It’s been a year since Microsoft co-founder Bill Gates stepped away from the company full-time to focus on the Bill and Melinda Gates Foundation. Gates, however, retained his role as chairman of Microsoft’s (NASDAQ: MSFT) board.
That left long-time CEO Steve Ballmer on his own to make the myriad of decisions it takes to run the world’s largest software company.
“In the end, when the buck stops, it stops at Steve now — he’s the one responsible for whether Microsoft fails or succeeds,” Tim Bajarin, president and principal analyst at Creative Strategies, who has followed Microsoft (NASDAQ: MSFT) since it was still a tiny company, told InternetNews.com.
Additionally, some would argue that Gates actually left Microsoft in spirit some years earlier as he began the transformation needed for the company to run smoothly after his retirement. For instance, Ballmer, a former Harvard buddy of Gates’s who has been with the company since 1980, took over as CEO from Gates in 2000. (Gates co-founded Microsoft with now-billionaire Paul Allen in 1975.)
“The changeover actually started long before Bill started phasing himself out,” Rob Enderle, principal analyst at the Enderle Group, and another longtime Microsoft watcher, told InternetNews.com.
A monster to-do list
There has been plenty for Ballmer to worry about over the past year. That includes delivering Windows 7 on the heels of the less-than-stellar rollout of Windows Vista, pushing forward with key initiatives such as the Bing search engine, Windows Live Services, and cloud computing, and handling tussles with the European Commission (EC). And of course, there’s also the bottom line to consider.
The report card is spotty. Windows 7 is on track to ship in October, earlier than originally promised. Microsoft’s recently launched Bing search engine also looks like it may help the company finally break out of a weak third-place position behind Google and Yahoo.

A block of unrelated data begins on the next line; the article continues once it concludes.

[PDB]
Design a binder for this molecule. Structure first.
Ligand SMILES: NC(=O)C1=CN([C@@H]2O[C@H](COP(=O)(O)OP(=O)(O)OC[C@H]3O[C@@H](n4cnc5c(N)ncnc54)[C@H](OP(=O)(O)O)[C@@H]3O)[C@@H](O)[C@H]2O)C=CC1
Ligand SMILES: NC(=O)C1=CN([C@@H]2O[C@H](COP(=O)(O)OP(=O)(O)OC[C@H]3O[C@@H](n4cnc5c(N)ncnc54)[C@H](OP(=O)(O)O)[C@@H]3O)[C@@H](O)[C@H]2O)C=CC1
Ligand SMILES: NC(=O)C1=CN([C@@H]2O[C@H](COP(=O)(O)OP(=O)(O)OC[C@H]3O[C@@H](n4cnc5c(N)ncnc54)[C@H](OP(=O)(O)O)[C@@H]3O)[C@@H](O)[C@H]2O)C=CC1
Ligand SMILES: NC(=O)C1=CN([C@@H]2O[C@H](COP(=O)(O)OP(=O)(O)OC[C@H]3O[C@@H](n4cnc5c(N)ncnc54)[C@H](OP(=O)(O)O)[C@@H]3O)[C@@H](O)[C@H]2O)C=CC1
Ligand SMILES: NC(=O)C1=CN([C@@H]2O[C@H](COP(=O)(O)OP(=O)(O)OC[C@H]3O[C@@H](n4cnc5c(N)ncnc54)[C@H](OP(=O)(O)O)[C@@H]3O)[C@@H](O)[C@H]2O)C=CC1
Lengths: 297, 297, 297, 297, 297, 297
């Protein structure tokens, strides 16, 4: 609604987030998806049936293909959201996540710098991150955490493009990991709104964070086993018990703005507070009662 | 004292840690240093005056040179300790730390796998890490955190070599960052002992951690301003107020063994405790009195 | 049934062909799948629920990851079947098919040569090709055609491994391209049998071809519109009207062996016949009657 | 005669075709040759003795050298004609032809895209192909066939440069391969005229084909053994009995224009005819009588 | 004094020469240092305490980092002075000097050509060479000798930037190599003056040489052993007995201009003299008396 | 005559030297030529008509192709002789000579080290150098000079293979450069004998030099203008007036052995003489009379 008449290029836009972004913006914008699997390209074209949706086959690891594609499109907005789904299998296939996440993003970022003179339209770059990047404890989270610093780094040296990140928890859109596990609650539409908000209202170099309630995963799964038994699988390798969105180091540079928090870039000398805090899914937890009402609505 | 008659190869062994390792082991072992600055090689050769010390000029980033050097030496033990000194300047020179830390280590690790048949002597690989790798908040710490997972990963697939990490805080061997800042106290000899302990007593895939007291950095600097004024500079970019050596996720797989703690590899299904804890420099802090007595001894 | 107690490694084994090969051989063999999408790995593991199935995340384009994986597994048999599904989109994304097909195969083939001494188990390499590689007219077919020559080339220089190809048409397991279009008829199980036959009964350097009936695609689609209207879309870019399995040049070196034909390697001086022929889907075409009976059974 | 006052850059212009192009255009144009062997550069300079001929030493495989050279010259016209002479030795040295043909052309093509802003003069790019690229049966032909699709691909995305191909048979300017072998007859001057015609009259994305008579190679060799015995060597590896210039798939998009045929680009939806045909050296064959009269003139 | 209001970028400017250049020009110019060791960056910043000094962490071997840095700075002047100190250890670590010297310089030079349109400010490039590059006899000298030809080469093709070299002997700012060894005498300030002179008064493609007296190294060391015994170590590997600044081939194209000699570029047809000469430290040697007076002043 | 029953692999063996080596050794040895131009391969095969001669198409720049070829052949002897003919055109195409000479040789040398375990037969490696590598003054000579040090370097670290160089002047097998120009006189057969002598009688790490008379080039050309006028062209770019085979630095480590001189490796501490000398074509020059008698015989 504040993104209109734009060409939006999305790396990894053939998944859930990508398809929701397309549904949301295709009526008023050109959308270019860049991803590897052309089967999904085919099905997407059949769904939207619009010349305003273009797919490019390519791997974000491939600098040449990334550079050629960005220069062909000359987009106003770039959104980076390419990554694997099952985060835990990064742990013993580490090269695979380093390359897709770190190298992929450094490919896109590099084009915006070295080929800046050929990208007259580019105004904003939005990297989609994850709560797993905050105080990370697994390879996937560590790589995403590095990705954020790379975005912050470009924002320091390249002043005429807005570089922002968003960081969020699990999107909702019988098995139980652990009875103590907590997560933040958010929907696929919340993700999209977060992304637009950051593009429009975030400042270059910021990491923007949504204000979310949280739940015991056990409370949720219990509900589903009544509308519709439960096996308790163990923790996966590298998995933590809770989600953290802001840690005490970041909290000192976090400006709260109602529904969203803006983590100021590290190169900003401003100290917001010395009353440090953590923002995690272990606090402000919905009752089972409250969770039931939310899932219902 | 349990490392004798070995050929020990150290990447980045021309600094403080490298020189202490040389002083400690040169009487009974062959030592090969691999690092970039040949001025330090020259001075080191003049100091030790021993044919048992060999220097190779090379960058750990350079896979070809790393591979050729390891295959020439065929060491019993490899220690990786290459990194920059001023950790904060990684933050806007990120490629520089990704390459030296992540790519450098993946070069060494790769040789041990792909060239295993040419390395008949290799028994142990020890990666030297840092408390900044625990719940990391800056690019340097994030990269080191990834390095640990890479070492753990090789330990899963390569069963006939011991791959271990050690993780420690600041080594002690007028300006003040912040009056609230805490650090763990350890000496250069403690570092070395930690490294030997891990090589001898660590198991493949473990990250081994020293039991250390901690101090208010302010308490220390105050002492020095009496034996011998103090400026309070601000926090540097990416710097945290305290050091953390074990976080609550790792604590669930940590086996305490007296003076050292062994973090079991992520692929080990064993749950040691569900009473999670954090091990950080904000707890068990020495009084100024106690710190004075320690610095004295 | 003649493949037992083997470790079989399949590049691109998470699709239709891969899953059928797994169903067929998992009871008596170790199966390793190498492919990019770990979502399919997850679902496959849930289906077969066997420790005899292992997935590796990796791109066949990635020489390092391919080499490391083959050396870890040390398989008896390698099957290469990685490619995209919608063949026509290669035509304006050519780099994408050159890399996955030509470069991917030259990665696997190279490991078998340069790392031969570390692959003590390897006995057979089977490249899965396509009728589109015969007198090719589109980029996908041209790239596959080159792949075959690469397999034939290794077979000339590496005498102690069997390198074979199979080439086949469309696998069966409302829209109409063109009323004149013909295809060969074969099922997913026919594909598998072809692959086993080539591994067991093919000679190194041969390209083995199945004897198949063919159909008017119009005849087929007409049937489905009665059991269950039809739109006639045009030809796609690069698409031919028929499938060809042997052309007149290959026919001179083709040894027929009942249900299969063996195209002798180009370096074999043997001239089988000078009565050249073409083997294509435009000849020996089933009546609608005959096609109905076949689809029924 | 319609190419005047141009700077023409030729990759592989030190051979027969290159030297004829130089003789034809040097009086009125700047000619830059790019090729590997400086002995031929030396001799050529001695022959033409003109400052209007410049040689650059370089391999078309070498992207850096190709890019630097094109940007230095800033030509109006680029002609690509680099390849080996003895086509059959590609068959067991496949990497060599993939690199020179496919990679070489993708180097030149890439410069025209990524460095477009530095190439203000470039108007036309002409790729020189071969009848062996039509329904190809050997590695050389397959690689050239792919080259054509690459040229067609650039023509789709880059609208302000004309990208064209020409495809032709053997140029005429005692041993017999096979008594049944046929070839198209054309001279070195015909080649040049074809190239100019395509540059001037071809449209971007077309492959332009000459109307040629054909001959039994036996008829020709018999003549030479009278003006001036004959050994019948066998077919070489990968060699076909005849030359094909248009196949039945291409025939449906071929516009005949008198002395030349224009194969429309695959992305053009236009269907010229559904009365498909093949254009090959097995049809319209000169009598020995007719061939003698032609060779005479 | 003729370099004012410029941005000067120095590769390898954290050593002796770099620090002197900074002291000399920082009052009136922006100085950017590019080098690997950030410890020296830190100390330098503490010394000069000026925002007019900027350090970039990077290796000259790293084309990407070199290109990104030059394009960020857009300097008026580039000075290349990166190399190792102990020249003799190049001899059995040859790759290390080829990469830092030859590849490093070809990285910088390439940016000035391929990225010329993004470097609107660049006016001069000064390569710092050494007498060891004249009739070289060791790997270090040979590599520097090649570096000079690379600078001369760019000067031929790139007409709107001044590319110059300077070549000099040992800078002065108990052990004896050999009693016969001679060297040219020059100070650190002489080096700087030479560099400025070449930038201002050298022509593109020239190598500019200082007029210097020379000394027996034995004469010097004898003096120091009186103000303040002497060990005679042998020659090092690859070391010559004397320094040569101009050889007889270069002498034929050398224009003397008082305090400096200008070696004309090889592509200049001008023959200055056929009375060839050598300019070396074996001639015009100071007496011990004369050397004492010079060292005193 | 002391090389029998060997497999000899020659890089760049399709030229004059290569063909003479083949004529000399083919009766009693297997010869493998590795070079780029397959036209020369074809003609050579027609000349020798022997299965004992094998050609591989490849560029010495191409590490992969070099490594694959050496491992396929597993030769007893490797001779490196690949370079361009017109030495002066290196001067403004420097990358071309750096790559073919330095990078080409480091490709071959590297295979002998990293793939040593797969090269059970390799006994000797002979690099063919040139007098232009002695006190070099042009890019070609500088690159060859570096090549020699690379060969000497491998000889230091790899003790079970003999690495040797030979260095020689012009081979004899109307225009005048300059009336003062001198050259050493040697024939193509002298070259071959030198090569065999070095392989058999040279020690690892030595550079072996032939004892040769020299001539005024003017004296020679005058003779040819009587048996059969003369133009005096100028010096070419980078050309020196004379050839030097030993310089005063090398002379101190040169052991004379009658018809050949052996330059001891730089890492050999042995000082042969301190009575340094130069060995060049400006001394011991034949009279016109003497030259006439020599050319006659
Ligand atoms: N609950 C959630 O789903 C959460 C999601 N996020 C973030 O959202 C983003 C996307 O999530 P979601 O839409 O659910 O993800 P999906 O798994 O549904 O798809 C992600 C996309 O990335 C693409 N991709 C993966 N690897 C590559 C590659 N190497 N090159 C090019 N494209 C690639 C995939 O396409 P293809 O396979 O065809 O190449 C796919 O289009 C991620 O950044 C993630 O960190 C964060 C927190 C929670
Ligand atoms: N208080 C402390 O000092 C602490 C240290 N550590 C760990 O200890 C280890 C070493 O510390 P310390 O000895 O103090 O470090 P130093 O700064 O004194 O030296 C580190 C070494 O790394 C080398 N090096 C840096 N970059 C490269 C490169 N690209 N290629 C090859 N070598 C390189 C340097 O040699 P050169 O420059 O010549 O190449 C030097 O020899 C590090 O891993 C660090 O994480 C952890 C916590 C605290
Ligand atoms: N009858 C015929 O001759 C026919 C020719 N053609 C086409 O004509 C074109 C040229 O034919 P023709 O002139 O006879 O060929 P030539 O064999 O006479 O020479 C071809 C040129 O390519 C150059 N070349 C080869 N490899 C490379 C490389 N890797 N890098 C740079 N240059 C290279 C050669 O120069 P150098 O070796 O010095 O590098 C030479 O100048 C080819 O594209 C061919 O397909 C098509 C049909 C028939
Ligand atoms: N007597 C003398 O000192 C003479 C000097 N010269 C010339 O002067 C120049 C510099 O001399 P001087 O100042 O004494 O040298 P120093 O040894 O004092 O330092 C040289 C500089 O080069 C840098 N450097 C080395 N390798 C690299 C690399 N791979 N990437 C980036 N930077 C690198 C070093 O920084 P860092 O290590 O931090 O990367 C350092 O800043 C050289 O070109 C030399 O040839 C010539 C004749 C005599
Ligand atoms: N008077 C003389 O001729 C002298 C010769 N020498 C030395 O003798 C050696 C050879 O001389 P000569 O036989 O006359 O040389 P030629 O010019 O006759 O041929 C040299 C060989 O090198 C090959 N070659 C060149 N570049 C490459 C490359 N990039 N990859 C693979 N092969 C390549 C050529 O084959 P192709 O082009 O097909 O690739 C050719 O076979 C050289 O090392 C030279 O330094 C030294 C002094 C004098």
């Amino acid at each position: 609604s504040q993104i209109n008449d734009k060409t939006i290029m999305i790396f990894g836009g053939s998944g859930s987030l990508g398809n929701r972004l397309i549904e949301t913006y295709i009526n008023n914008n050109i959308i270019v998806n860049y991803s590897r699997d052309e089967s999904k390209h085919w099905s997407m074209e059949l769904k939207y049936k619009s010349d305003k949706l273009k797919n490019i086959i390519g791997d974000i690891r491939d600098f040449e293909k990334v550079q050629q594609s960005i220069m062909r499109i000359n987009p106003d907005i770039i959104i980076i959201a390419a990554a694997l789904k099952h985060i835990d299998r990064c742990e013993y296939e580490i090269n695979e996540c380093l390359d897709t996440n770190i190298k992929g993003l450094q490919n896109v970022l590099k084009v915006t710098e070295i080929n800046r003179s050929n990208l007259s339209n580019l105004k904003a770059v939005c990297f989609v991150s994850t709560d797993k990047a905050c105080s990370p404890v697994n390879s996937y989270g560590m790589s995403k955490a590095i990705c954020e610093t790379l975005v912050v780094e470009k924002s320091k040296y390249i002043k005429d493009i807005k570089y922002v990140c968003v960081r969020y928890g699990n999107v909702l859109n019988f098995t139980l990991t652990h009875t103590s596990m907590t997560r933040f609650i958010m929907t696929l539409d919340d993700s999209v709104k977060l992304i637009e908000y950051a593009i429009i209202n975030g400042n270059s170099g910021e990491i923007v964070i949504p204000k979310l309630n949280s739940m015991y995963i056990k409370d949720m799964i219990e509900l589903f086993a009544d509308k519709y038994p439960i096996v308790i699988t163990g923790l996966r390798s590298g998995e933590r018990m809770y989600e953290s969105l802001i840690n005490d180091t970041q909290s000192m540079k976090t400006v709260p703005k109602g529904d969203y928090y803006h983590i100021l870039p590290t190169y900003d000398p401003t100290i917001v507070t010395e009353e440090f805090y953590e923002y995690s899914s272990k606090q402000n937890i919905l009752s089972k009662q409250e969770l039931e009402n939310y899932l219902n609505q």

However, Microsoft’s cloud computing initiative is still in the early phases, while its Live Services haven’t quite caught the public imagination yet.
Meanwhile, the software giant’s sales and earnings have been hit hard by the economy, although it is still profitable. Microsoft is also currently steeling itself for what’s likely to be a major ruling against it by the EC over bundling Internet Explorer with Windows going back to 1996.
“You have to at least give Steve Ballmer a B or B+ for execution,” Bajarin said.
But any changes brought on at Microsoft by Gates’s departure are subtle and hard to detect because of the long-term collaboration between the two. “The EC problems were Steve’s [responsibility], but their roots were when Bill was still running the company,” Enderle added.
One very noticeable thing about Gates’ departure: It has taken multiple people to fill Gates’ shoes. For the history of the company up until last year, Gates was the public face of Microsoft.
“The ‘face of Microsoft’ is now multiple faces,” Rob Horwitz, research chair and co-founder of Directions on Microsoft, which exclusively covers the company, told InternetNews.com.
Among those are Ballmer as well as Chief Software Architect Ray Ozzie, and Chief Research and Strategy Officer Craig Mundie. However, other Microsoft senior executives also now speak more frequently for their areas of responsibility.
For example, if the topic is unified communications, executives like Stephen Elop, president of Microsoft’s Business Division, are likely to be featured speakers, Horwitz said.
“I think the transition has been done really well — much better than other companies whose founders have moved on,” he added.
Creative Strategies’ Bajarin agreed. “They’re still managing the company well, showing growth even in this difficult economy.”